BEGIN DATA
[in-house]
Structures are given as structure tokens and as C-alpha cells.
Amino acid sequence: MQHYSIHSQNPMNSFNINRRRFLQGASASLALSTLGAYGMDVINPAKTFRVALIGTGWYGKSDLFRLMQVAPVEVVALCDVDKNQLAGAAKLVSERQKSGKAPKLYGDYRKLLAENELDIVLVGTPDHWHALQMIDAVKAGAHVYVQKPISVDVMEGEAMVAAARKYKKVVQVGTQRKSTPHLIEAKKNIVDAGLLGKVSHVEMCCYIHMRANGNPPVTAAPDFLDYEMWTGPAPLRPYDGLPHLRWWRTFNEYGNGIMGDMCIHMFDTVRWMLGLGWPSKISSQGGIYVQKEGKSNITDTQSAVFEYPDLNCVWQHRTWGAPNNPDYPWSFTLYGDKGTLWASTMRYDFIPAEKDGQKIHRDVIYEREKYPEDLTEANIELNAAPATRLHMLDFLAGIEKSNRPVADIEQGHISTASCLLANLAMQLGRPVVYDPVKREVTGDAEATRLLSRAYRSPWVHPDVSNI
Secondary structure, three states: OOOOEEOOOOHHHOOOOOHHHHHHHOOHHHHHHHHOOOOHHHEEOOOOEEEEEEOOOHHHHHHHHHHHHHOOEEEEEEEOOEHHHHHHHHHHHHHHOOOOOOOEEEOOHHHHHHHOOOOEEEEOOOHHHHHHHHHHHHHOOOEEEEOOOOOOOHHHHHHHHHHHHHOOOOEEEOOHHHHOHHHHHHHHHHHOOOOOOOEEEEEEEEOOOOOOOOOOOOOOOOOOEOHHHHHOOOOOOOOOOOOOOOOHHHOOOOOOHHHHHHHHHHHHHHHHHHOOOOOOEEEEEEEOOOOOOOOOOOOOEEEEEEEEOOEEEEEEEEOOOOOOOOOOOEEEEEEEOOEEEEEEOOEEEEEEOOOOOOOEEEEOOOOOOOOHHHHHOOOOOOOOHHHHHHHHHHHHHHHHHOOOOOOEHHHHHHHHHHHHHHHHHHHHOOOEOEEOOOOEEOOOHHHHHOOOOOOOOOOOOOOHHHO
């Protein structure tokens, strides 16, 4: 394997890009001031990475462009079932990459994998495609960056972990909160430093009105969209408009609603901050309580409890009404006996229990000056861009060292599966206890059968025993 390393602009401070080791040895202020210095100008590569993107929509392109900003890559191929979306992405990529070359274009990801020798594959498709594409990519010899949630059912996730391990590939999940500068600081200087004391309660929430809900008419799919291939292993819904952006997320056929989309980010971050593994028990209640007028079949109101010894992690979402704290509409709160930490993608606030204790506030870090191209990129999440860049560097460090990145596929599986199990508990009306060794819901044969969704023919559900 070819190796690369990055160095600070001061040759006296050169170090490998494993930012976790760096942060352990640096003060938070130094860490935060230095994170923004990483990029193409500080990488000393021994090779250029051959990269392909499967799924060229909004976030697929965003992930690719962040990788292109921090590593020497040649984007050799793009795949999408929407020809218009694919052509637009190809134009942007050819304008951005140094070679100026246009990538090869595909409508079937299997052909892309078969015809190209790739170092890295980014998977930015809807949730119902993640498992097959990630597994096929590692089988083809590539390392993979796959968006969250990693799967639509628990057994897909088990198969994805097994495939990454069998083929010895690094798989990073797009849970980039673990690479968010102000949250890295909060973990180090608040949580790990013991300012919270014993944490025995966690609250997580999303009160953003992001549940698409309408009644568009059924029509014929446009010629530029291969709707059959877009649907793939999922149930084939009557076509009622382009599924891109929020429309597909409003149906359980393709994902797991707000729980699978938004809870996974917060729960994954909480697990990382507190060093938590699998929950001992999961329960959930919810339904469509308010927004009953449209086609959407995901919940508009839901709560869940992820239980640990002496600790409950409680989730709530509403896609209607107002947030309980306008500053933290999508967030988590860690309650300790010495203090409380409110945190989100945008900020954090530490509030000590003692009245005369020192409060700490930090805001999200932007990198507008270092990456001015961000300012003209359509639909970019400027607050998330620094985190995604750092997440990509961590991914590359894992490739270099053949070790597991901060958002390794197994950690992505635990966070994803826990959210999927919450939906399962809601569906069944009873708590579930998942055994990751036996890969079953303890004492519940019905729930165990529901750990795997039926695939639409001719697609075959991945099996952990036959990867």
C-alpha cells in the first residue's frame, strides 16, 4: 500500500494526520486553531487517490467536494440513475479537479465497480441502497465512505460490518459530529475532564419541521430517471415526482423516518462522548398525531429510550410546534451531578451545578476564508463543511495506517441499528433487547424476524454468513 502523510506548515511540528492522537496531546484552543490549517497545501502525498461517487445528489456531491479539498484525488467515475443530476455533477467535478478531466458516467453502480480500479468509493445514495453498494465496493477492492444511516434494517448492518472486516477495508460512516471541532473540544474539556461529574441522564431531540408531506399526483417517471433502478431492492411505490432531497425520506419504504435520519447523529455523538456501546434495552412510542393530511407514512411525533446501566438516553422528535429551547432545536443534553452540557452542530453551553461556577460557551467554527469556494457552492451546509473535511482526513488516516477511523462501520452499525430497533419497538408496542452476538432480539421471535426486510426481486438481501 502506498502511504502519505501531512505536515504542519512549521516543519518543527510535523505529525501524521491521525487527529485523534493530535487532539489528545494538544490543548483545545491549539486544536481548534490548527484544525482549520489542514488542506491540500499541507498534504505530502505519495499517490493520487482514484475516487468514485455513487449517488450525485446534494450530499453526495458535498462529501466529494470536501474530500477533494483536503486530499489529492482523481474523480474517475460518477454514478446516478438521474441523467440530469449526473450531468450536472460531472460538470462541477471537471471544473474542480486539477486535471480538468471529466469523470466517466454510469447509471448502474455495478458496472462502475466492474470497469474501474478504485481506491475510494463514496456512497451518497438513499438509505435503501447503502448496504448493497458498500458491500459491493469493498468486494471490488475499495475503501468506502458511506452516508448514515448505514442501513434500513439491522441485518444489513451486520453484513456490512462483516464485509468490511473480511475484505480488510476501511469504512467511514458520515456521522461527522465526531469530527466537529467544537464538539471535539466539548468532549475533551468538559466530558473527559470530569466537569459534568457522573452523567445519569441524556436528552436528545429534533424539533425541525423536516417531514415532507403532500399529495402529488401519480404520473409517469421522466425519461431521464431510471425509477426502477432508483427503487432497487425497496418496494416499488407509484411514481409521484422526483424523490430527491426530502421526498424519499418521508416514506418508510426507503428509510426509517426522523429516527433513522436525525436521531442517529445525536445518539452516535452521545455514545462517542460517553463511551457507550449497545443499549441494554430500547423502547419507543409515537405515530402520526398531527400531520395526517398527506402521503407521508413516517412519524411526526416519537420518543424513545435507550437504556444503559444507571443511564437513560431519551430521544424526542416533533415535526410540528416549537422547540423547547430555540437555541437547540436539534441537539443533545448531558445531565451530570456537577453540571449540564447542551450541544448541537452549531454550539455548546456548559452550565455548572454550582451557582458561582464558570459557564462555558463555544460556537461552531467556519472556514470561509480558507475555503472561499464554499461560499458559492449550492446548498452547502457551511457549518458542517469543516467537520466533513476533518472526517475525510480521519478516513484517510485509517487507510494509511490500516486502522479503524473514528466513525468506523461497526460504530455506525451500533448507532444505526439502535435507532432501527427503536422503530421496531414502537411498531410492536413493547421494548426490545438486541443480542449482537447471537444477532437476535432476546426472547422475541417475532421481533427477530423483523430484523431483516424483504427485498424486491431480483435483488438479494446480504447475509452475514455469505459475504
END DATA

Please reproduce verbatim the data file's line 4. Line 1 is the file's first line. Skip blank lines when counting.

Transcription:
Secondary structure, three states: OOOOEEOOOOHHHOOOOOHHHHHHHOOHHHHHHHHOOOOHHHEEOOOOEEEEEEOOOHHHHHHHHHHHHHOOEEEEEEEOOEHHHHHHHHHHHHHHOOOOOOOEEEOOHHHHHHHOOOOEEEEOOOHHHHHHHHHHHHHOOOEEEEOOOOOOOHHHHHHHHHHHHHOOOOEEEOOHHHHOHHHHHHHHHHHOOOOOOOEEEEEEEEOOOOOOOOOOOOOOOOOOEOHHHHHOOOOOOOOOOOOOOOOHHHOOOOOOHHHHHHHHHHHHHHHHHHOOOOOOEEEEEEEOOOOOOOOOOOOOEEEEEEEEOOEEEEEEEEOOOOOOOOOOOEEEEEEEOOEEEEEEOOEEEEEEOOOOOOOEEEEOOOOOOOOHHHHHOOOOOOOOHHHHHHHHHHHHHHHHHOOOOOOEHHHHHHHHHHHHHHHHHHHHOOOEOEEOOOOEEOOOHHHHHOOOOOOOOOOOOOOHHHO